Initially, when you first open the conf.maldet file, you will see that email_alert will be set to 0. If you would like to receive email notifications of the results when automated scans, set this value equal to 1. Underneath, you see a variable called email_addr. As the file states, this is the desired email to where you want your notifications sent. For testing purposes, I've used a “temp” email.
ClamAV configuration:Initially, scan_clamscan will be set to 1. We want to leave it this way to enable clamav and LMD to work together to ultimately provide better performance when scanning. For Reference, ClamAV is an open source antivirus engine for detecting trojans, viruses, malware & other malicious threats.
Lets run a maldet command!
maldet -a /var/log will scan the entire directory of /var/log.
After running, this is what will be outputted:After running the command, this is what will be outputted on the screen. If you had email settings setup properly, you should have received an email. If not, let's take a look at how you can view a maldet report. At the bottom of the screen, you can see the output “scan report saved, to view run: maldet –report 220608-1246.68920”. The report name will vary from user to user, this is just my report name. So let's enter that command and see what we get below:
Maldet Report:After opening the file, this is the report we are greeted with.You can see it scanned 4 files and there were 0 hits and 0 files cleaned. This means that no files were infected and it didn’t have to clean up anything.
Why These Three Tools?
There are many free, open-source malware detection tools available, however, since each users and/or System Administrators use case is different, we wanted to provide a list of tools that can be used for different purposes. Users and System Administrators alike can pick and choose the right tool for their current use case and install it via the command line or their respective interfaces.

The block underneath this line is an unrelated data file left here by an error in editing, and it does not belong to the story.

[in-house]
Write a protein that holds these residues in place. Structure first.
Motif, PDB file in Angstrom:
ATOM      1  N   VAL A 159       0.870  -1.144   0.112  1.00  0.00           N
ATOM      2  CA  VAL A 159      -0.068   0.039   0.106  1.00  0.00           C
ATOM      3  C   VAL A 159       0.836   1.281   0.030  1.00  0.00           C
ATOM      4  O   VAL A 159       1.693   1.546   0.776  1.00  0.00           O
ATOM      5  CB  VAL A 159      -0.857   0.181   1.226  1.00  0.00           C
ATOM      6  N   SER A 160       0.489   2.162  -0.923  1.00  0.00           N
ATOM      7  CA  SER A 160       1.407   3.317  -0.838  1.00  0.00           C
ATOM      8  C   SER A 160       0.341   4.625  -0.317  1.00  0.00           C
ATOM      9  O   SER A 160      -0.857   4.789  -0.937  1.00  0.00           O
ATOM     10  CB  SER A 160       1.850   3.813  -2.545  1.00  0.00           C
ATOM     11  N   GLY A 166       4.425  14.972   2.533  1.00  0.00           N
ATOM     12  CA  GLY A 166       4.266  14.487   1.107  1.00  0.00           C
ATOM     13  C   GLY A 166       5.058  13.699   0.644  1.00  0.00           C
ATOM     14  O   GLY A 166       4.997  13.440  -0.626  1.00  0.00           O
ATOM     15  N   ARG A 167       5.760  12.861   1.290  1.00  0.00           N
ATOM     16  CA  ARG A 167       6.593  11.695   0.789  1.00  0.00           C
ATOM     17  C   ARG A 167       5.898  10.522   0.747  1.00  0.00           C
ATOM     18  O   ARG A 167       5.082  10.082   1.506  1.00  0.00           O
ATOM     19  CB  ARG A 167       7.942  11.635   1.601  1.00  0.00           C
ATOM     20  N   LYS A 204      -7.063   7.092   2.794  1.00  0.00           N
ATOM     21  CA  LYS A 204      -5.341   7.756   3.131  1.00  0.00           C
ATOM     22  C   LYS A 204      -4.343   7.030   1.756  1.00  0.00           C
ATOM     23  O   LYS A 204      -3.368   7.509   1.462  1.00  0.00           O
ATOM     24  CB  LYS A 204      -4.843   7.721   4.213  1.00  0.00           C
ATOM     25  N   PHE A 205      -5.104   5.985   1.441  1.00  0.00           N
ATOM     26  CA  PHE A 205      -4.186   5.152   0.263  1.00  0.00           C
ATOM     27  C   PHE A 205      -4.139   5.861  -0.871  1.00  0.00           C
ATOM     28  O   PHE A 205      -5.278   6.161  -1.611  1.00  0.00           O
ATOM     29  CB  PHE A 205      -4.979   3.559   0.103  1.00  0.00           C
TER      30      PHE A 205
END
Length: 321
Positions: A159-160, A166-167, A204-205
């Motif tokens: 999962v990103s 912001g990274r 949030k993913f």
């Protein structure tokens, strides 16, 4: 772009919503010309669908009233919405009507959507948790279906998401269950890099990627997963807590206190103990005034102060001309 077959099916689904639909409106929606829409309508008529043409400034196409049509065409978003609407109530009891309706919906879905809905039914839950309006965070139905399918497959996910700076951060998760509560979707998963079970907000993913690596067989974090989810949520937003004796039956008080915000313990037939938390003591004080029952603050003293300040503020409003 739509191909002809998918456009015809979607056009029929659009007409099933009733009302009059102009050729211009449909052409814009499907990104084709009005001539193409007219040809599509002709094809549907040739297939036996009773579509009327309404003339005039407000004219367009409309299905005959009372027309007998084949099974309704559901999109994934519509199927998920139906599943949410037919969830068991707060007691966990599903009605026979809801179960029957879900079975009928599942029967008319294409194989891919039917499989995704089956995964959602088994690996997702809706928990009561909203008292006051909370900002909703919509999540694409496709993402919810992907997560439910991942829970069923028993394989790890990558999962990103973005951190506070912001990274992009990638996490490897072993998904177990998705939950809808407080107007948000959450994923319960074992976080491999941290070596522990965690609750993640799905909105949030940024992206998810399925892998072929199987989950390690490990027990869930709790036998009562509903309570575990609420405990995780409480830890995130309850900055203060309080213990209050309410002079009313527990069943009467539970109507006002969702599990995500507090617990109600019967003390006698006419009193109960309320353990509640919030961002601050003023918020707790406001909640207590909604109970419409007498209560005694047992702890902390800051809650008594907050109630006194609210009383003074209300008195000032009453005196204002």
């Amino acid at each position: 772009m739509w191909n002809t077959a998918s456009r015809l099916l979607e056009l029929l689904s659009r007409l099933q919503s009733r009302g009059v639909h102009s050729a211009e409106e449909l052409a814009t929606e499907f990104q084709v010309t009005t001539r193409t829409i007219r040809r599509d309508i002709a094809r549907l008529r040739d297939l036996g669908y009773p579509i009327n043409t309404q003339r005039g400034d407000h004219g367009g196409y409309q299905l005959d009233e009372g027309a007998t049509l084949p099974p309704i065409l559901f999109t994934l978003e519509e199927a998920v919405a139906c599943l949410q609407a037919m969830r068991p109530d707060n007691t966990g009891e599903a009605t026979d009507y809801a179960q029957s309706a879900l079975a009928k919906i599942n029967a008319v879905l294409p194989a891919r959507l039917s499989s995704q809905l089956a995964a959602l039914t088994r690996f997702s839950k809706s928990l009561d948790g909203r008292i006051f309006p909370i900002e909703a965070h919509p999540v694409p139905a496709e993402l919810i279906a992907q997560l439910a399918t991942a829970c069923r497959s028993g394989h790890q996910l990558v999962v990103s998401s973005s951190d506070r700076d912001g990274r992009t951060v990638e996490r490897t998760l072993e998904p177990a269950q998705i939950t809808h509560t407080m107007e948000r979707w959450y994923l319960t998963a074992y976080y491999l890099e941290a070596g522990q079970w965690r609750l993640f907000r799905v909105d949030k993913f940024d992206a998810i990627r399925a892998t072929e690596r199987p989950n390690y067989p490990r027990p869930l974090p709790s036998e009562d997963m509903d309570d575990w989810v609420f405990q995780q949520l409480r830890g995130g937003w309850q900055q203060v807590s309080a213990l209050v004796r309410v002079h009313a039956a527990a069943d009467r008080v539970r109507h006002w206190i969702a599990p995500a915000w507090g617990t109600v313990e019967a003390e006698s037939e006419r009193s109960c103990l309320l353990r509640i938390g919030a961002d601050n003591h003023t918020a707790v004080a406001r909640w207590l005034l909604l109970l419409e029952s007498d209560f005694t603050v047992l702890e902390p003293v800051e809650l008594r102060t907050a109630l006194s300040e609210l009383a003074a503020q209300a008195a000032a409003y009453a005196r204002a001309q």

As Cyber Criminals become more advanced with their scripts and as cyberthreats are on the rise, we are at a point in time where we cannot afford to have an unsecure system. There are roughly 2200 reported malware attacks each day, not accounting for the ones that go unreported, and it could be prevented with the proper measures. Using the tools above is the first initial step into keeping your server and ultimately, your systems secure. However, you should not just stop at that. Follow along with us as we continue to explore how you can further secure your linux servers and systems. To wrap this all up, we hope you found this article useful. Also be sure to check out our 'Complete Guide to Protecting a Linux Server from Hackers' for more tips and advice on securing Linux.
I'm an experienced cybersecurity enthusiast with a deep understanding of the challenges faced by Linux system administrators and users in today's threat landscape. Over the years, I've actively engaged in securing Linux servers, conducting vulnerability assessments, and implementing effective security measures. My expertise extends to various malware detection tools, allowing me to share insights into their functionalities and usage.